Terapad pushes a slick hosted blog and site-publishing service
Terapad is a hosted blogging service with a bit of a difference: It's overflowing with features that go well beyond blogging.
Terapad is a hosted blogging service (like WordPress and TypePad) with a bit of a difference: It's utterly overflowing with features that go well beyond blogging. Want your blog to have a store attached to it? Terapad has a store module. How about a jobs board? A discussion forum? An events calendar? Check, check, check. What's really surprising is that the additional modules are not bad. Although it's billed as a blogging platform, Terapad is more: it's really a small hosted site management solution. But it's as easy to use as a blogging tool, which is its killer feature.
Now, while the additional features in this system will be good enough for a lot of users, none are best of breed (although there is a very nice WYSIWYG blog post editor). If you want to run a serious online store, check out a dedicated solution such as Shopify. If you want a calendar, use something such as Trumba. Also, I didn't see an easy way to add sidebar widgets to Terapad sites. And if you want to choose from more than the six built-in templates, use a another blog host or prepare to dive into Terapad's CSS files. Finally, there's no bulk uploader for media files.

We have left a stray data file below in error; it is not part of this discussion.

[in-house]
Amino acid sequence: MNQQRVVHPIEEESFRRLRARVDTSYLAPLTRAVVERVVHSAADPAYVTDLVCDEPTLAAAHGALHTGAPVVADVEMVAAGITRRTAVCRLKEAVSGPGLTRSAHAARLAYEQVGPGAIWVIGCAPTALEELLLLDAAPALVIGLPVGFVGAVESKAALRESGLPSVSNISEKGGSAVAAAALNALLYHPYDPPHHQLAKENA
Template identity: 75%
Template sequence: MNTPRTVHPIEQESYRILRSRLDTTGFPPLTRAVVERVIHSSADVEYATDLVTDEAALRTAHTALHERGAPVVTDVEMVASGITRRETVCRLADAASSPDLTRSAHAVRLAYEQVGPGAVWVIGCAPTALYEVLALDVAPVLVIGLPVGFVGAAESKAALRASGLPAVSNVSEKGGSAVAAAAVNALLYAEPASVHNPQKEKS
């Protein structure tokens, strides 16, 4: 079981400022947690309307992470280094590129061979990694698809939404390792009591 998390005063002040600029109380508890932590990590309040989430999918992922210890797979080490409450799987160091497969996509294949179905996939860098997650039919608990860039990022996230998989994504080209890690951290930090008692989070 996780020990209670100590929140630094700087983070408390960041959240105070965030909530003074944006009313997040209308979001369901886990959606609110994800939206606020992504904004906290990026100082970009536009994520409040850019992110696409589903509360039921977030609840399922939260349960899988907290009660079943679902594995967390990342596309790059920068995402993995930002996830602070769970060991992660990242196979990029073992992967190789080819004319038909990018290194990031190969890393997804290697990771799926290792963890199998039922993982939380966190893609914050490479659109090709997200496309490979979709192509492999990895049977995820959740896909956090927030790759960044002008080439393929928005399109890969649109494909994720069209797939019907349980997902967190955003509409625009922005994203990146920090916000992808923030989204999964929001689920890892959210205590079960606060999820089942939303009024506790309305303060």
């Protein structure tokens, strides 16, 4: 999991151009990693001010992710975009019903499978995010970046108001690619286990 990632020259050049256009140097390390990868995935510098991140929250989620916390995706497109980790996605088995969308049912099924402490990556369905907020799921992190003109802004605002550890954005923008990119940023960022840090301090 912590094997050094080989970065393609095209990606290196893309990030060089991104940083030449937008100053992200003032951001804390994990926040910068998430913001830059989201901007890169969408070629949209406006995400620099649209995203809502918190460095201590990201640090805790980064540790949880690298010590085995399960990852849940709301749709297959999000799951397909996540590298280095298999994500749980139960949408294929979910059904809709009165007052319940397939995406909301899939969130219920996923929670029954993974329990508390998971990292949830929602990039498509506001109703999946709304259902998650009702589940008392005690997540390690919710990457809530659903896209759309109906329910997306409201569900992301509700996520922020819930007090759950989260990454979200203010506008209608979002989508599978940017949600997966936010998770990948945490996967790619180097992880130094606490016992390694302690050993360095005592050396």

But if you stick with the simple modules Terapad offers, you'll find a coherent and simple user interface (compare, for example, SiteKreator), which is a big bonus. I can think of no easier way for an individual or a small business to experiment with different content types. To top it off, Terapad is free. (If you pay, you can get your site without ads.) You can also use any Web domain you own for your Terapad site (instead of a generic URL, such as http://rafe.terapad.com/), and you can have multiple authors on the site and on your blogs--most other hosts offer these features only in their premium packages, if they offer them at all.
I hope Terapad sticks around for a good long time. It's a great product, and it's sure to put pricing, feature set, and usability pressure on existing services too.